WHY ARE YOU NOT GOING TO THE WHITE HOUSE? “First of all, I’ll start by saying that I’m disgusted by the comments I see, that people say we rejected or I can’t believe that Biffle rejected. For one, that’s disrespectful for people not knowing why I can’t go. Number two, I’ve got a picture of myself and the President, Barack Obama, in my bookshelf in my office right behind my desk shaking hands at the White House. I’ve been there and I’ve done that and I respect that. I was very flattered to get the invitation. I got the invitation less than two weeks ago to go and I’ve got a function that I’m obligated to be at with 3M in Minnesota that they’ve had planned for basically nine months. It’s an annual thing, but they have over one hundred-and-some of their business people and customers at that I go for two days. We arrive Wednesday morning early and I don’t get to Richmond until late Thursday night. I called them and talked about the invitation and this was very important to them because the function is designed around me and they really can’t have it if I don’t go. Unfortunately, the date conflicts with the invitation. First of all, define what rejected means. Does that mean I refuse to go? Or does rejected mean I can’t make it, I want to go but I can’t? It’s kind of discouraging to see those comments when somebody doesn’t know the circumstance. If I hadn’t been and hadn’t met him and shook his hand and been in the oval office with him before, I might try to chisel my sponsor a little harder to let me go, and I don’t want to put it on them, it’s simply I have an obligation that I accepted long before this. A lot of times we can move our schedules around depending on what it might be, but when you have people coming from other countries that are planning on meeting you and being with you for a day-and-a-half, it’s really hard to change that.”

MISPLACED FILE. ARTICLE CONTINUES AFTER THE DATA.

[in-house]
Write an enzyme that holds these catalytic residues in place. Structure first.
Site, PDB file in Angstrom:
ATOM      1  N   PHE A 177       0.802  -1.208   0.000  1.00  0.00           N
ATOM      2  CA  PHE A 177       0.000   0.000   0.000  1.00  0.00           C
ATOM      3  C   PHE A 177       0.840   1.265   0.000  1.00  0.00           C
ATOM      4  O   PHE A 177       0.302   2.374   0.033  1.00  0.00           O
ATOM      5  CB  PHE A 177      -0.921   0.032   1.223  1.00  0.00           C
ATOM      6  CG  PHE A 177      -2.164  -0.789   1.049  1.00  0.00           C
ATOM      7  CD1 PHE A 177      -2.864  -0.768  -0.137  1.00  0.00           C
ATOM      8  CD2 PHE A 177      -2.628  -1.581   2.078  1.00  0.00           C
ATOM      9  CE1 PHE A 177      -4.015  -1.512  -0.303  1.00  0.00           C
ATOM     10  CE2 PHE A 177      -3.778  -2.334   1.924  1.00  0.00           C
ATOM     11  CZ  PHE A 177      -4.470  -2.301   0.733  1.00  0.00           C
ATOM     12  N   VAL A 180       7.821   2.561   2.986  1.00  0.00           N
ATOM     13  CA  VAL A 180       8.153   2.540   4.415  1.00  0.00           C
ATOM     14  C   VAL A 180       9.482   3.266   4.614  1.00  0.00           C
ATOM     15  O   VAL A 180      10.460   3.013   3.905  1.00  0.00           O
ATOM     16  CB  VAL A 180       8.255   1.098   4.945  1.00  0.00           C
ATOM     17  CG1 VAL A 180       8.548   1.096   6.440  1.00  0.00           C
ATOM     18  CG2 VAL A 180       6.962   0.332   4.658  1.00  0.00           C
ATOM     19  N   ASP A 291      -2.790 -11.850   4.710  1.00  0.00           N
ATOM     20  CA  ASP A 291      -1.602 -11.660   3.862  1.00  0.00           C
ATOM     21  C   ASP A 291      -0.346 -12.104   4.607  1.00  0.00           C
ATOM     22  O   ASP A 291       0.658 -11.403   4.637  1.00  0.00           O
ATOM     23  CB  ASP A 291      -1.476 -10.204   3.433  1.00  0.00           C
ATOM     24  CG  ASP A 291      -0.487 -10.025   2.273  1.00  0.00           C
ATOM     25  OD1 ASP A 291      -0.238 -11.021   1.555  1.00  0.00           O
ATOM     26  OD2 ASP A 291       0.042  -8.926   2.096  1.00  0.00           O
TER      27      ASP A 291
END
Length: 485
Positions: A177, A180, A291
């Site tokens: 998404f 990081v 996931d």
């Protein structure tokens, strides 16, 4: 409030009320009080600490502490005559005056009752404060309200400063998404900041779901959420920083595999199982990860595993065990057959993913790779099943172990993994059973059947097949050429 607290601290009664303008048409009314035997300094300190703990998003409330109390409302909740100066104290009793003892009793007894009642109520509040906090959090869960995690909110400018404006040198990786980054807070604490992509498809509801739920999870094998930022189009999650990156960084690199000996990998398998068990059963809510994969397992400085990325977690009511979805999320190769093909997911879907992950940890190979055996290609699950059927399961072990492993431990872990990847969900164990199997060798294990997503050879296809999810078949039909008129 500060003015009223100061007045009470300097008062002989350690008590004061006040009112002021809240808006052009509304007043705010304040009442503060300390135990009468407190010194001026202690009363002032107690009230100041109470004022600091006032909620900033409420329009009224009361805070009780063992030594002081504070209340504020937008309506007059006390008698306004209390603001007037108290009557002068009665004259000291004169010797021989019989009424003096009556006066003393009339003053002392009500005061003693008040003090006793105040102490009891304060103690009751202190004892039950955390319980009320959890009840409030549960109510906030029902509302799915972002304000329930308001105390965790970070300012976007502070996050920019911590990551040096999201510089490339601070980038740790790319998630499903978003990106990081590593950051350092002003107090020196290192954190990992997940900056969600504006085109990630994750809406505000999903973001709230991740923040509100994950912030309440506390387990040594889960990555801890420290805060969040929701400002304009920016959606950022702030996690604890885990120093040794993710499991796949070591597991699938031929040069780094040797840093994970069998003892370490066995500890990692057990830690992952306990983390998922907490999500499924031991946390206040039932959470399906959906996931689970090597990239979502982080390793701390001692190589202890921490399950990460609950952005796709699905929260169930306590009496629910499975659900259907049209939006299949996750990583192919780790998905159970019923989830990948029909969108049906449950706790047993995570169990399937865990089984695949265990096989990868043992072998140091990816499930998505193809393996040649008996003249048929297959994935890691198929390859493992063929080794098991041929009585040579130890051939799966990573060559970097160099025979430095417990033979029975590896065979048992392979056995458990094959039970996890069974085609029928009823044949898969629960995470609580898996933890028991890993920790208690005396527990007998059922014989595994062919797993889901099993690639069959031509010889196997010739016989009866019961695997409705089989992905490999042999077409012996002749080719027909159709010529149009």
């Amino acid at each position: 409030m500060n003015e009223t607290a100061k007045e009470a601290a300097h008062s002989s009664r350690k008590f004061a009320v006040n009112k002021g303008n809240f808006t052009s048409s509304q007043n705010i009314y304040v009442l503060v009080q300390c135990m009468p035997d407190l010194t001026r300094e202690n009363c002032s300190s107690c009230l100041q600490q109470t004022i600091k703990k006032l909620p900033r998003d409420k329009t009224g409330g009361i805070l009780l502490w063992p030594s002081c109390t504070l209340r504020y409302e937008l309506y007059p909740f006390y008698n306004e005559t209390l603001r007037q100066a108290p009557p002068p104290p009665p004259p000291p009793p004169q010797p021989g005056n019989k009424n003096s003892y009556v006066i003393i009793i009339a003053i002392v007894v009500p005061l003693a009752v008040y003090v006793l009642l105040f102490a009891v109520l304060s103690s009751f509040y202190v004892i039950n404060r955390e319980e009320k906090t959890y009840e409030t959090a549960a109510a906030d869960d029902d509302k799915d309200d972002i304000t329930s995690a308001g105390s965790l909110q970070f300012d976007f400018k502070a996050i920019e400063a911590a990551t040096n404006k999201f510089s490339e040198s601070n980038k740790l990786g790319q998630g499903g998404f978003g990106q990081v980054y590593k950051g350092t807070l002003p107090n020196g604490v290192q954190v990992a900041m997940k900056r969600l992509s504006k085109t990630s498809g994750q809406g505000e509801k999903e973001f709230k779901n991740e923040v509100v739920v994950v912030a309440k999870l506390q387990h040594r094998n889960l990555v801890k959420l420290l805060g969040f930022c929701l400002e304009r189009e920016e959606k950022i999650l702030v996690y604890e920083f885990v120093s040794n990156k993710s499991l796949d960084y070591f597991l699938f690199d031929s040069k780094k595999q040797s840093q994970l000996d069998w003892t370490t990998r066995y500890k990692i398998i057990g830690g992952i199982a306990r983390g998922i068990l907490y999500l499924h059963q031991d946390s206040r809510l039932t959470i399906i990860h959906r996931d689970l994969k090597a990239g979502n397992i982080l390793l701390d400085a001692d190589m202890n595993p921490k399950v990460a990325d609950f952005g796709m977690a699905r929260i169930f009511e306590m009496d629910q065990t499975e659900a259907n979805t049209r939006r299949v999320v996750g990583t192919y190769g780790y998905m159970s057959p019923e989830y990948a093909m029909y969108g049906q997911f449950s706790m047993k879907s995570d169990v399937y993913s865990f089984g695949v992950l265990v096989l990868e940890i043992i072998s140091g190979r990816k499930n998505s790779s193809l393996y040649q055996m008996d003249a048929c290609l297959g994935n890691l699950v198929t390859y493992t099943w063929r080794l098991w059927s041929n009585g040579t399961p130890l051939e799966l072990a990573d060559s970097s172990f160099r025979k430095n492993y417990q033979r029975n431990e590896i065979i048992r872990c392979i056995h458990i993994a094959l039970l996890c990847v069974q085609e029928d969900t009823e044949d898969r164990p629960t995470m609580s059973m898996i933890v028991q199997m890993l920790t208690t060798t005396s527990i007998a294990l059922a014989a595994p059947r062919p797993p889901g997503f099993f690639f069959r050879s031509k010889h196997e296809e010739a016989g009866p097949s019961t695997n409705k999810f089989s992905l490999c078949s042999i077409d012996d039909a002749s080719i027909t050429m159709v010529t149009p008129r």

IT’S YOUR SPONSOR. IT’S NOT LIKE THE GOVERNMENT SPONSORS YOUR CAR. “Business is business. If he had a business obligation, I’m sure he would uphold that business obligation. I’m very flattered for the invitation. I would love to go and it may be the last time I ever get invited. I don’t know when I’m gonna get invited next, so I’d take advantage of that. I’ve been to Walter Reed seven years in a row. Things like this are important to me, I simply have an obligation and it’s not like this is just an appearance. If I was going to do an appearance, we could move it a day or something. It’s a big event. We looked at the logistics of trying to shift the date and it just really doesn’t work.”